From Ruth Zakh
Journalism around the world enjoys shared standards. If you publish an article of four pages attacking Israel, 1,100 of whose citizens, including 134 Israeli children, were killed by deliberate Palestinian terror attacks, it would seem only fair to seek comment from Israel prior to publication. Your paper did not do so in the wake of last Sunday's cover story.
The citizens of southern Israel have been bombarded by more than 12,000 rockets and mortar shells since 2001. Israel left Gaza completely in 2005 – the Hamas rocket attacks continued. Israel appealed time and again to the international community to stop the Hamas terror regime from launching these attacks, to no avail. Since the end of last year's military action, 390 more rockets and mortars have landed in Israel.
Israel was forced to undertake the military action in Gaza precisely in order to stop the terror against its citizens. Despite the often misleading casualty numbers suggested by some Palestinian groups, the only people targeted by Israel, and the majority of those killed in Gaza by this operation, were in fact armed militants.
The Palestinian people are not Israel's enemies; they are our neighbours, and the tears of a Palestinian mother are no different from those of an Israeli mother mourning a dead child.
Israel never targets civilians on purpose, and it went to great efforts to avoid harm to civilians. As in other operations by western nations fighting to safeguard their values around the world, these efforts do not always succeed, and some innocent people get hurt, especially when their leaders, instead of protecting them, use them as human shields. On the other hand, the children of southern Israel were targeted deliberately; the rockets were fired directly at them, or they were shot by snipers, or killed in other attacks.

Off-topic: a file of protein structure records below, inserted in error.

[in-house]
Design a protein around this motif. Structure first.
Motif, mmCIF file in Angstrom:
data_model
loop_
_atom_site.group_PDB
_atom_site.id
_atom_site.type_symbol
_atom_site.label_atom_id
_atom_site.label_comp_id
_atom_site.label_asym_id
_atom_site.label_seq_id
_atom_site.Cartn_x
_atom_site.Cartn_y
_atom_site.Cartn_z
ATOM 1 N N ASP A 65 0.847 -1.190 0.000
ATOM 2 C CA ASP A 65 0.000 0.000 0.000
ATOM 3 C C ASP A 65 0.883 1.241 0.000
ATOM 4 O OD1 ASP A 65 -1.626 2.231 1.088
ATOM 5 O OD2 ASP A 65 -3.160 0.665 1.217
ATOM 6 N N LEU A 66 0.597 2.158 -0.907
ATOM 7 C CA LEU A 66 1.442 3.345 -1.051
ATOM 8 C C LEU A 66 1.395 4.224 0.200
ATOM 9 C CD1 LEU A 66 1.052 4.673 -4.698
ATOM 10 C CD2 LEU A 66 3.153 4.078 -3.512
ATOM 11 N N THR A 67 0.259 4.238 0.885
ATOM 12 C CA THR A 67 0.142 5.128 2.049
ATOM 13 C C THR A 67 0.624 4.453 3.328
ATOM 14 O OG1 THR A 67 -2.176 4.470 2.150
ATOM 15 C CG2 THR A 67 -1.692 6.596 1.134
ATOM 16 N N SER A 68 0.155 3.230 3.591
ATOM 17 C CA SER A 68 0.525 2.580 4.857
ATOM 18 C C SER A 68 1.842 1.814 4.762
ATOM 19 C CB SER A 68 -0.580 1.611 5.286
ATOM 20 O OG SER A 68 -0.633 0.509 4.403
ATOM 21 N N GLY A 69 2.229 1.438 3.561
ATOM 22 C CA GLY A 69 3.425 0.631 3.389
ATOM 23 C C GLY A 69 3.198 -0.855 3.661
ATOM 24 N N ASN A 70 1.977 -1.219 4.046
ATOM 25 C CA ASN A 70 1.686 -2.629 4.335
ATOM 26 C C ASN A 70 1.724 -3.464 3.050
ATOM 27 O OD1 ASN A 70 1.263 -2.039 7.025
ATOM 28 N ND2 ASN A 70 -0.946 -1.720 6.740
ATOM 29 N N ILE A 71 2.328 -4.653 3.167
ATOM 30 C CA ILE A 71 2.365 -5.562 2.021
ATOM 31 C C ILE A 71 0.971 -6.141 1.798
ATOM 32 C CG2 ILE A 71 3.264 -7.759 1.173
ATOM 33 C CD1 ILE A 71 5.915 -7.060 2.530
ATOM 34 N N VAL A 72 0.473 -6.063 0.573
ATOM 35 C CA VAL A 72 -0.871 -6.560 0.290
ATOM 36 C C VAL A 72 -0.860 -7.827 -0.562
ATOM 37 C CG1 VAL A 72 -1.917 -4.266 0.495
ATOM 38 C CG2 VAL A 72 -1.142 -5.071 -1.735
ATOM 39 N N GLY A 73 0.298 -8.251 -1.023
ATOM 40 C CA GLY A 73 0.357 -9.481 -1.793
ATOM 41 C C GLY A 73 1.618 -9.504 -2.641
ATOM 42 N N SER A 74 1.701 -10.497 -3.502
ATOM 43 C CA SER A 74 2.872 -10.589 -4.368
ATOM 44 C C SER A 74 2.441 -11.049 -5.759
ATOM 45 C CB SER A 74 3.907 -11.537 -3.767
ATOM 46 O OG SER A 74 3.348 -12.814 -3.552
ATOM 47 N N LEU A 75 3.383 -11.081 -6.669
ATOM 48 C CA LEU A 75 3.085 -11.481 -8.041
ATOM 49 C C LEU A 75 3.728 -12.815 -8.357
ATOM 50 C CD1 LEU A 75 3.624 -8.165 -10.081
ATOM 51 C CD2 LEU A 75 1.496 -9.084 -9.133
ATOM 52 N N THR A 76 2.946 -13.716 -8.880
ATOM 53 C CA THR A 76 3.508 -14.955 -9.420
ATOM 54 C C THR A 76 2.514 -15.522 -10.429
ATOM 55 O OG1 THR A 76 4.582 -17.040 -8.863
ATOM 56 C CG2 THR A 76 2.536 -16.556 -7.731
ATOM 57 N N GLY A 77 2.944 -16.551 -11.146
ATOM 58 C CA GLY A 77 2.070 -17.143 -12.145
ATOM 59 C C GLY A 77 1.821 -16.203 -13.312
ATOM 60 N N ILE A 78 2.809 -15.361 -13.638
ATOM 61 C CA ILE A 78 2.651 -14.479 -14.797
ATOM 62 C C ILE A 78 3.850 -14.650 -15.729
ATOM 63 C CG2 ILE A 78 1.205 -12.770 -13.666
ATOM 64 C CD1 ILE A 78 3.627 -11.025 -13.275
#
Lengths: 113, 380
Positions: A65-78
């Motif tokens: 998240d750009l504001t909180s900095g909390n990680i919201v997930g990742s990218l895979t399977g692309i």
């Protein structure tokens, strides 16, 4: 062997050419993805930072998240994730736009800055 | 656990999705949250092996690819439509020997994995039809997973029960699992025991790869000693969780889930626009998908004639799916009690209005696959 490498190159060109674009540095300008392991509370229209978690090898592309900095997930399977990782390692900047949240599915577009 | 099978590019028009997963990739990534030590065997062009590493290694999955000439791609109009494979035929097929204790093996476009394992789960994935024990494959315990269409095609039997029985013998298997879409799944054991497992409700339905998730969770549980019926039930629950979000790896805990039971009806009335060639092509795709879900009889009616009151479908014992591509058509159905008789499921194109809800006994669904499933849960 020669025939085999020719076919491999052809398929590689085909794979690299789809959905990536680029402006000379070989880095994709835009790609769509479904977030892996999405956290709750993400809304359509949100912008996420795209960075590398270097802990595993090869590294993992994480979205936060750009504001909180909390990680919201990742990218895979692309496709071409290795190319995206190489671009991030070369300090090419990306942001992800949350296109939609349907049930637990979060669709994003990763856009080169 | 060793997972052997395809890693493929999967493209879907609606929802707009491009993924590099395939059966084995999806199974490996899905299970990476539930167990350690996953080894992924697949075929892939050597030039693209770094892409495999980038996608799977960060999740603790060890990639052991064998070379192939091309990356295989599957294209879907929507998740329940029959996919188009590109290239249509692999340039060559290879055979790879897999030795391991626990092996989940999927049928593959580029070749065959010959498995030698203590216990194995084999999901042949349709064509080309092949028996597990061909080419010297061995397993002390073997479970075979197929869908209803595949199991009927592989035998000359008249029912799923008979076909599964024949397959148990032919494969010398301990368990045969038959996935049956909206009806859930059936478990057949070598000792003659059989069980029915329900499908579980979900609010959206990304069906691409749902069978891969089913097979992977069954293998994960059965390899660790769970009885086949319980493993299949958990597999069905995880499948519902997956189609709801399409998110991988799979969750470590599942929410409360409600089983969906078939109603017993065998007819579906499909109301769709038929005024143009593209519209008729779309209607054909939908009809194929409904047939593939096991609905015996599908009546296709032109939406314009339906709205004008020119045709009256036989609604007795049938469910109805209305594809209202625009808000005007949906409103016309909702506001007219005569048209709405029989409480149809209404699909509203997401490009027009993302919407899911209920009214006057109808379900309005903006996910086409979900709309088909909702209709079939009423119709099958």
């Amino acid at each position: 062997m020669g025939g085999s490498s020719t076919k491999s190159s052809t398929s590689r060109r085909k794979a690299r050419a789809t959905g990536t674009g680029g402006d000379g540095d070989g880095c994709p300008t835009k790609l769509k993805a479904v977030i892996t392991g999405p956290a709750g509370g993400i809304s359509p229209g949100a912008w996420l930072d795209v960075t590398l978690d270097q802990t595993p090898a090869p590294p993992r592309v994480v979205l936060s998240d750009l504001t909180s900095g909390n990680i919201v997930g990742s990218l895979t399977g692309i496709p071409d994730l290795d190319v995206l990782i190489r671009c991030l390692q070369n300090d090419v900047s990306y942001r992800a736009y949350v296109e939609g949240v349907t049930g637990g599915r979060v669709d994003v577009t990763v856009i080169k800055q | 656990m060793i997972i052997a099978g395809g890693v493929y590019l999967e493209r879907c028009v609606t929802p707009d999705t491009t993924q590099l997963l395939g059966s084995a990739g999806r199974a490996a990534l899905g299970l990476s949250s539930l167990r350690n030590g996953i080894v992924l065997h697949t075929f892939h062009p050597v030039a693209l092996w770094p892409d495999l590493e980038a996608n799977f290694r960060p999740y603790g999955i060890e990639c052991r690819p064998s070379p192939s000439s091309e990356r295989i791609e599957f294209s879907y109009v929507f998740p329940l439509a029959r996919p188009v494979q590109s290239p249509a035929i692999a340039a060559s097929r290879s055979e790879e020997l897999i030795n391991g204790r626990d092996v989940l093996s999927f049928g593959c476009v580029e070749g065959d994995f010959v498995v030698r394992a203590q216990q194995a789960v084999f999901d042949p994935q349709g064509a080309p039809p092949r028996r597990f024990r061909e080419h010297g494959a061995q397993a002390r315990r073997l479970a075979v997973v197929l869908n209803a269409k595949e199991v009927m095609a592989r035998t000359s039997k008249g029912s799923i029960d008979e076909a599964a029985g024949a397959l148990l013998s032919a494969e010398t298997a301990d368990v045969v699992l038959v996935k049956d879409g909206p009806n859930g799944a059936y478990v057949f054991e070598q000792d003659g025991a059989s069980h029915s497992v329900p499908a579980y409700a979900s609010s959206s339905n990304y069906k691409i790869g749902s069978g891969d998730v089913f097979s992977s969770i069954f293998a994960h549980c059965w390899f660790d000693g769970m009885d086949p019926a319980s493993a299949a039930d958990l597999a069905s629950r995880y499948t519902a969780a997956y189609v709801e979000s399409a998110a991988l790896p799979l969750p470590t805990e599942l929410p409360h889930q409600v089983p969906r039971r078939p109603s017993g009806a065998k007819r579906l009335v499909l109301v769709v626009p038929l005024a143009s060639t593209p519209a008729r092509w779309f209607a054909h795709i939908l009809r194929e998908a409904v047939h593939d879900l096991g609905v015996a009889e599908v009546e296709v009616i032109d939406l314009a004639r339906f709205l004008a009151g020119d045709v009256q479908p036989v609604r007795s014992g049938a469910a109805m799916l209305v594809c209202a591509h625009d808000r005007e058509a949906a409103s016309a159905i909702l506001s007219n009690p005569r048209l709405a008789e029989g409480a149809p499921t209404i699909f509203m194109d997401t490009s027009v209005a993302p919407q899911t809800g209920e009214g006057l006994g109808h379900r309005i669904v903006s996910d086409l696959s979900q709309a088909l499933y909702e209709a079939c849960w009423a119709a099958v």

Peace will be achieved between Israel and the Palestinians because we owe it to our children. Unbalanced journalism that shows only the victims of one side in a conflict, while demonising the other side, is of no help in contributing to either an understanding or a resolution of the conflict.
If pictures of suffering are what is needed to convey the suffering of Israelis to editors and readers, I hope that your newspaper will be fair-minded enough to publish them.
Ruth Zakh, Counsellor, Embassy of Israel, Dublin 4
From Hugh Harkin
What a strong article you published on Sunday – "Gaza stripped of all that's human".
Just a quick note to thank you, and to encourage you to publish more such pieces and to maintain an editorial line on this issue that repudiates the Israeli stance that such (ongoing) barbarity can be justified.
Hugh Harkin, Raheny, Dublin 5
From Rosario Walsh
I just wish to pass my thanks to Patrick Freyne and Khalil Shahin for the article "Gaza stripped of all that's human". I'm so glad that the plight of Palestinians in Gaza has again been brought to notice, in spite of other horrors happening elswhere in the world. Looking to more good coverage in the future.
Rosario Walsh, Kill, Co Kildare
From Anne Key
Thank you for publishing a very insightful article on Gaza.
In these days of claims and counterclaims, propaganda and media hype, it is truly refreshing to see a journalist committed to reporting the human suffering associated with military conflicts.
I have visited Palestine on numerous occasions, and have seen first-hand the day-to-day life of people living under a 42-year military occupation. An excellent, compassionate article.
Anne Key, Penrith, Cumbria, UK
From Elaine Daly
Just a quick email to thank you for your excellent article on Gaza in yesterday's paper. I actually went to the photo exhibition in Filmbase on Friday evening, so your article complemented that. Keep up the good work – we need to see more of the same.
Elaine Daly, email@example.com